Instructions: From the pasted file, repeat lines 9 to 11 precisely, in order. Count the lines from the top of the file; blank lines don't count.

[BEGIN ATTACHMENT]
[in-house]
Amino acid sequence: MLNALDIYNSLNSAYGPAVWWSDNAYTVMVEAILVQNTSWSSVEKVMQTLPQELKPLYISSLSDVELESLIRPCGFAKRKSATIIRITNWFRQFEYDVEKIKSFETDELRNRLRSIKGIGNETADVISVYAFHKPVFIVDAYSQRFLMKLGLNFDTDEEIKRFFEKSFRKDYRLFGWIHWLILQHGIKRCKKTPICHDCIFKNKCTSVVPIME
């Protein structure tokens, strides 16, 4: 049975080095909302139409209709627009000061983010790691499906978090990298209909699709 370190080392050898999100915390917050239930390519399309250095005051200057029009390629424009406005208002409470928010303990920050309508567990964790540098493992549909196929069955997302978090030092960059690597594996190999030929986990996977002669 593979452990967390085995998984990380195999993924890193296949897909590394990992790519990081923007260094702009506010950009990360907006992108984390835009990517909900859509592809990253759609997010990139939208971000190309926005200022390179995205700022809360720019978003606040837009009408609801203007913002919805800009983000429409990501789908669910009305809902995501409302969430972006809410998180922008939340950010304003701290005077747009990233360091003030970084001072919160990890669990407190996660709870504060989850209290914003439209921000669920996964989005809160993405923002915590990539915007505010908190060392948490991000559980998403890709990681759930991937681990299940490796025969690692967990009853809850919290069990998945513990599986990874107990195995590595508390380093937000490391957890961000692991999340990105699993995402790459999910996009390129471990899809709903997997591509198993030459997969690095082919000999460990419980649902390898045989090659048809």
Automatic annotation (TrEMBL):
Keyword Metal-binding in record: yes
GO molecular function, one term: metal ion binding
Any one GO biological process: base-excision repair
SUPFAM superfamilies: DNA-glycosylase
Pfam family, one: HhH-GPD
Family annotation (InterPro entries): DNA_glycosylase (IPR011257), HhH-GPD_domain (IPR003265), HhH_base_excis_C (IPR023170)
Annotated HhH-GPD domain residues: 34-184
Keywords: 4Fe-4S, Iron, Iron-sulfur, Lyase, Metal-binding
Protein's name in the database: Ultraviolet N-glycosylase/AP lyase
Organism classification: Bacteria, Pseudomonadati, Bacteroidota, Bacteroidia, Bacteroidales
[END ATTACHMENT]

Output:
Pfam family, one: HhH-GPD
Family annotation (InterPro entries): DNA_glycosylase (IPR011257), HhH-GPD_domain (IPR003265), HhH_base_excis_C (IPR023170)
Annotated HhH-GPD domain residues: 34-184